So… I keep coming back to the house buying thing. It would certainly be easier to house buy now before baby comes vs after (I think?) Especially given how we like to look at a billion options for everything and houses here tend to get overbid and snapped up fast.

In reality, though, we probably can’t afford a house. I don’t want to buy a condo but I’d be open to a townhouse (with no one above or below.) A townhouse might not be a horrible idea since the outside of the home would be fixed by the HOA and we could focus on upkeep of the inside only. I’d prefer no shared walls at all, but given our income, we’re going to have to compromise somewhere. I don’t want to be on the bottom floor in a condo, though, with people walking upstairs. Right now I’m in a 2 floor apartment and we’re on the second floor. The walls are thin and we can still hear things through them, but it’s not too bad…

For buying property, according to the Smart Asset calculator, we can afford a $1,000,000 home (with a $200k down payment.)

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The problem is, we can’t get a heck of a lot for $1M here. I did include a $700 a month HOA (which is high but reasonable for some of the communities I’ve been looking at closer to work) — we’re not going to get a house for $1M.  And this assumes I’ll be keeping my job of at least $160k income and my husband $55k income for 30 years consistently starting at the beginning of the mortgage. So much for early retirement.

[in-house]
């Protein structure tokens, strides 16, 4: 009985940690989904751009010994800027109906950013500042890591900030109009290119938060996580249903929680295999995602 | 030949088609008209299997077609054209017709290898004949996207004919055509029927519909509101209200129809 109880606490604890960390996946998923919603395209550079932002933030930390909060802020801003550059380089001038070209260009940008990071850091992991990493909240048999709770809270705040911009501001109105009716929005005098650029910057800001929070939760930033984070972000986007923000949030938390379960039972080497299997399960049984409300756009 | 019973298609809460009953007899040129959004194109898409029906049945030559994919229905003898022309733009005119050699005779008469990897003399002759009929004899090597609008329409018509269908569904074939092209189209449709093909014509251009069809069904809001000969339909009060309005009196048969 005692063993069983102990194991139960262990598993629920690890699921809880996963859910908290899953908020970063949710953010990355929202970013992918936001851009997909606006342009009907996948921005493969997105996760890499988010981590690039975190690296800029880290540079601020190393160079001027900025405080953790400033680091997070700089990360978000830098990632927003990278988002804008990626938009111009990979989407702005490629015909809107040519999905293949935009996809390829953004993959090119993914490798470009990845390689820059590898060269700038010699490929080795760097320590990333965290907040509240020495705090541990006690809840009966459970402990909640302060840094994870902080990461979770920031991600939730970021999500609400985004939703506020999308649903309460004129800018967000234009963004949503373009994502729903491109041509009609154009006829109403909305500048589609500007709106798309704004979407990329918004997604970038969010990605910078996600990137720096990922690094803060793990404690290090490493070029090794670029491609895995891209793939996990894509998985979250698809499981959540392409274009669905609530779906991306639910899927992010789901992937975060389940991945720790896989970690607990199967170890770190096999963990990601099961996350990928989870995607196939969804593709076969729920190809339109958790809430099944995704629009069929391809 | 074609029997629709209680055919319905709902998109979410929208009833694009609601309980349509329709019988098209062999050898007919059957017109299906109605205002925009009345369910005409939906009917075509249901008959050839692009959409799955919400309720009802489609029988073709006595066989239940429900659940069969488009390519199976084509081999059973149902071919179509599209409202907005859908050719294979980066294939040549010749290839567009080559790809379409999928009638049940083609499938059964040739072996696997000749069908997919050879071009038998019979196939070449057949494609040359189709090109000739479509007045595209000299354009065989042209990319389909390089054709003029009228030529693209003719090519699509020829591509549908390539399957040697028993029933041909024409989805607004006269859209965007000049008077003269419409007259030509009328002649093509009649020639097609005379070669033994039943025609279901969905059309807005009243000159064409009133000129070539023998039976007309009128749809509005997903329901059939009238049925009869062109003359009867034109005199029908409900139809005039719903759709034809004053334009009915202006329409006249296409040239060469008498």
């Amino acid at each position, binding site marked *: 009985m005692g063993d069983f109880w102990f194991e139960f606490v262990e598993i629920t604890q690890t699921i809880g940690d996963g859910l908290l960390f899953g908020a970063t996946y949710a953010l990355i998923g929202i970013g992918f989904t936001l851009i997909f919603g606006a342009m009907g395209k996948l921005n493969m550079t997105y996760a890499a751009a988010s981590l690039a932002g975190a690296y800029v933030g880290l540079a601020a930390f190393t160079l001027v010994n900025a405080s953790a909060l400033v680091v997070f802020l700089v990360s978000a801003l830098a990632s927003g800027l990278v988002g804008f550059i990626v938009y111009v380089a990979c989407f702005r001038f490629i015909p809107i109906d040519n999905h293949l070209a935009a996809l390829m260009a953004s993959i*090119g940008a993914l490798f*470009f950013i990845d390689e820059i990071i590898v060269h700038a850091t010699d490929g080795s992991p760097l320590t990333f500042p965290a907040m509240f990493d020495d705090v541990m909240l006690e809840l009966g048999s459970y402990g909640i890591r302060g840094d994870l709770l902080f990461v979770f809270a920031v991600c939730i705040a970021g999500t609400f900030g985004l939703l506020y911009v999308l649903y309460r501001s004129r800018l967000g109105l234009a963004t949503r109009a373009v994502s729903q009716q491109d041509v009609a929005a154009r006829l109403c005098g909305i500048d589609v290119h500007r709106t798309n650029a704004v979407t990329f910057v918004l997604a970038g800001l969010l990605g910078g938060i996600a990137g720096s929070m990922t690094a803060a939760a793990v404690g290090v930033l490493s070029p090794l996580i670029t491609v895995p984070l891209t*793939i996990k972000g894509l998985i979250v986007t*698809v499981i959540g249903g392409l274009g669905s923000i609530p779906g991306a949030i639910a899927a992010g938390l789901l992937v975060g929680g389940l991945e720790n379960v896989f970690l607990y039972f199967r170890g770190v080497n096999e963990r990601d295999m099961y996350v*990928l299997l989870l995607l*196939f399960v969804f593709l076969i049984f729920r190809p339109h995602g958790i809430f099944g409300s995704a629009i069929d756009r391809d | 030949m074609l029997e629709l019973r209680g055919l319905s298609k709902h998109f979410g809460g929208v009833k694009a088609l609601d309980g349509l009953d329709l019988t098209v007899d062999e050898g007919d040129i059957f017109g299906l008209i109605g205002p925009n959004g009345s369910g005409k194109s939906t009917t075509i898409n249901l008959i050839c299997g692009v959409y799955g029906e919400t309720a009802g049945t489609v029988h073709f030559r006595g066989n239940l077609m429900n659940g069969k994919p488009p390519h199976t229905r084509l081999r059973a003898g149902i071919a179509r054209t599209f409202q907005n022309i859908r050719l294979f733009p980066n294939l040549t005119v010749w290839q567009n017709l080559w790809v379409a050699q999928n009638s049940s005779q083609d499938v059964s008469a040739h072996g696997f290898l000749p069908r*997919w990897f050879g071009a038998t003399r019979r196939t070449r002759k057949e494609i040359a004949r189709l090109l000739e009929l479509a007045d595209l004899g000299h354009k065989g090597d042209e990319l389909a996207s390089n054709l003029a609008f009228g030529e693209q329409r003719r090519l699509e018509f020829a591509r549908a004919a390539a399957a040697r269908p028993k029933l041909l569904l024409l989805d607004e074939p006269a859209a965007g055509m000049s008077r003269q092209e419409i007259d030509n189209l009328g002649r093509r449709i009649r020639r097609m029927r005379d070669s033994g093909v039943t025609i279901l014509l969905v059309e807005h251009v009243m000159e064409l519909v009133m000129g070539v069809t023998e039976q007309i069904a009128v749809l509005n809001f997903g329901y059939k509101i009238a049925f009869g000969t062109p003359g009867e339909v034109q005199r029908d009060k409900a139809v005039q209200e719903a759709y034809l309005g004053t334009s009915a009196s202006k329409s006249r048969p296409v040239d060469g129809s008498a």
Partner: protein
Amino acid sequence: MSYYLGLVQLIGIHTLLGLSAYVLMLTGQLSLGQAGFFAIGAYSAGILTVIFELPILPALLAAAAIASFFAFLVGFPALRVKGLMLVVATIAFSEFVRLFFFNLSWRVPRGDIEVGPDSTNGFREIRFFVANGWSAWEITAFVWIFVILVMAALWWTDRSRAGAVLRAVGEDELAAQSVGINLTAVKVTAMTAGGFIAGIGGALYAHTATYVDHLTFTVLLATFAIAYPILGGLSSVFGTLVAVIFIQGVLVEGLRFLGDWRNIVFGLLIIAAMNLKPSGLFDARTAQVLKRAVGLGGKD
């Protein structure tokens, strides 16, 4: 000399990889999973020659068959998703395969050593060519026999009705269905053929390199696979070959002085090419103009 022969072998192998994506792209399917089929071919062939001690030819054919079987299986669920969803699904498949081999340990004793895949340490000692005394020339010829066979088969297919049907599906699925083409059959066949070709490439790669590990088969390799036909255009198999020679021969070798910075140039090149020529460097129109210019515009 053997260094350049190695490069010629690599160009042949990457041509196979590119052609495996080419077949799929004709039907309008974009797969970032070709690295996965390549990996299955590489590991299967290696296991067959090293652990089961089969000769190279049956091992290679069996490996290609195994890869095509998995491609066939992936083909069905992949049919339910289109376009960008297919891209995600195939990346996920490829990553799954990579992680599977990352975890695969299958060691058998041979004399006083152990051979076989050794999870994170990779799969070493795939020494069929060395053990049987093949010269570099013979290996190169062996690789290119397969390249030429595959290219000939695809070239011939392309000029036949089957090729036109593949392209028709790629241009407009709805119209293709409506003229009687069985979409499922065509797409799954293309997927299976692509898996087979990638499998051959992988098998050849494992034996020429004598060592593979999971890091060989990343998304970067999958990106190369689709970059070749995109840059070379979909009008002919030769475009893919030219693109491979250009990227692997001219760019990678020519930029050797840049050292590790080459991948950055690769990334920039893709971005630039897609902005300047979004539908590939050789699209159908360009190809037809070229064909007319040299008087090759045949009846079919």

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So, we could go that route. Find a $1M 2br, 2ba townhouse (still very hard to do around here) and hope that we keep our jobs for the next 30 years. If our total monthly payment is $6000, and I paid $3000 a month and hubby paid $3000, then… I’d be ok with $4000 left in post tax money a month… but he’d be using his entire salary on the mortgage. It would be very tight. Maybe in 20 years we’ll have a lower monthly payment then a comparable mortgage. But we’ll also be stuck if prices go down or we need to move for a job. It’s probably not a good time to buy… and it wouldn’t be horrible to wait one more year anyway and stay in the 1 bedroom to save up money for a downpayment… but it seems silly to move closer to work and pay $3500-$4000 a month for a two bedroom… at that point, shouldn’t we just bite the bullet and buy a home?

 

Lessons in Adulting: How Much Should Living Room Furniture Cost?

When we moved in together two years ago, my Craigslist-purchased couch with ripped cushions and protruding feathers, along with my once-glued together, now peeling-apart IKEA coffee table and self-desctructive Tar-gey bookshelves which are not safe to be around a small child, seemed perfectly fine for a trancient space. With barren white walls and a few half-filled and altogether empty frames scattered about the floor, this now-married couple is trying to figure out how to create a place that feels like “home” without overdoing it (you know, like we (…ahem… I) overdid our wedding.)

Right now, we really can’t have guests over because the place is embarrassing, even on its good days when I’ve cleaned up the piles of mess. Our lease is up in May, but it is doubtful we will move next year or anytime soon (the only real reasons for us to move is 1 – rents going up an unreasonable amount, 2 – we have a child and said child turns 2, or 3, one of us gets a job super far away, like, in another state, and we need to move.) Otherwise, it looks like we’re hunkered down for a few more years in our 800-square foot, overpriced-due-to-Silicon-Valley-rental-costs abode.

This furniture has got to go. Continue reading